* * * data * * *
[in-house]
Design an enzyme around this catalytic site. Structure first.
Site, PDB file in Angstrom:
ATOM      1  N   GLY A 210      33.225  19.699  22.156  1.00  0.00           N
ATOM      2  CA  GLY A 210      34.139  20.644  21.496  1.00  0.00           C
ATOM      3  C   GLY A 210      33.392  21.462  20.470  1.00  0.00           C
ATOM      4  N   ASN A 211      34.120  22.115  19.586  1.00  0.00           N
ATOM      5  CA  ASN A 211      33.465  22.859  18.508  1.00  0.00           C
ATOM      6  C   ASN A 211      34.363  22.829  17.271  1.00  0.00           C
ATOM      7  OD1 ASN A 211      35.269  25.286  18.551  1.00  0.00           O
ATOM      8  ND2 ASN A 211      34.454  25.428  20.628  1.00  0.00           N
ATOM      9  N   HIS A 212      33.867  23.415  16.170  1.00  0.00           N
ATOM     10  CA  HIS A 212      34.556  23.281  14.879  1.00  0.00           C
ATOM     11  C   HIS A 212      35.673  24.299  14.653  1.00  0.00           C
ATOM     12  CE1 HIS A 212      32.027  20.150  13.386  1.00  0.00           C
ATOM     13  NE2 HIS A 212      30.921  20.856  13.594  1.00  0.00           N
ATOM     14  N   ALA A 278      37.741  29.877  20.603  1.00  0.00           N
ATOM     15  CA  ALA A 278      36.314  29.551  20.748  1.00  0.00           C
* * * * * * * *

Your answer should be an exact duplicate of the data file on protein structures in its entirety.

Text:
[in-house]
Design an enzyme around this catalytic site. Structure first.
Site, PDB file in Angstrom:
ATOM      1  N   GLY A 210      33.225  19.699  22.156  1.00  0.00           N
ATOM      2  CA  GLY A 210      34.139  20.644  21.496  1.00  0.00           C
ATOM      3  C   GLY A 210      33.392  21.462  20.470  1.00  0.00           C
ATOM      4  N   ASN A 211      34.120  22.115  19.586  1.00  0.00           N
ATOM      5  CA  ASN A 211      33.465  22.859  18.508  1.00  0.00           C
ATOM      6  C   ASN A 211      34.363  22.829  17.271  1.00  0.00           C
ATOM      7  OD1 ASN A 211      35.269  25.286  18.551  1.00  0.00           O
ATOM      8  ND2 ASN A 211      34.454  25.428  20.628  1.00  0.00           N
ATOM      9  N   HIS A 212      33.867  23.415  16.170  1.00  0.00           N
ATOM     10  CA  HIS A 212      34.556  23.281  14.879  1.00  0.00           C
ATOM     11  C   HIS A 212      35.673  24.299  14.653  1.00  0.00           C
ATOM     12  CE1 HIS A 212      32.027  20.150  13.386  1.00  0.00           C
ATOM     13  NE2 HIS A 212      30.921  20.856  13.594  1.00  0.00           N
ATOM     14  N   ALA A 278      37.741  29.877  20.603  1.00  0.00           N
ATOM     15  CA  ALA A 278      36.314  29.551  20.748  1.00  0.00           C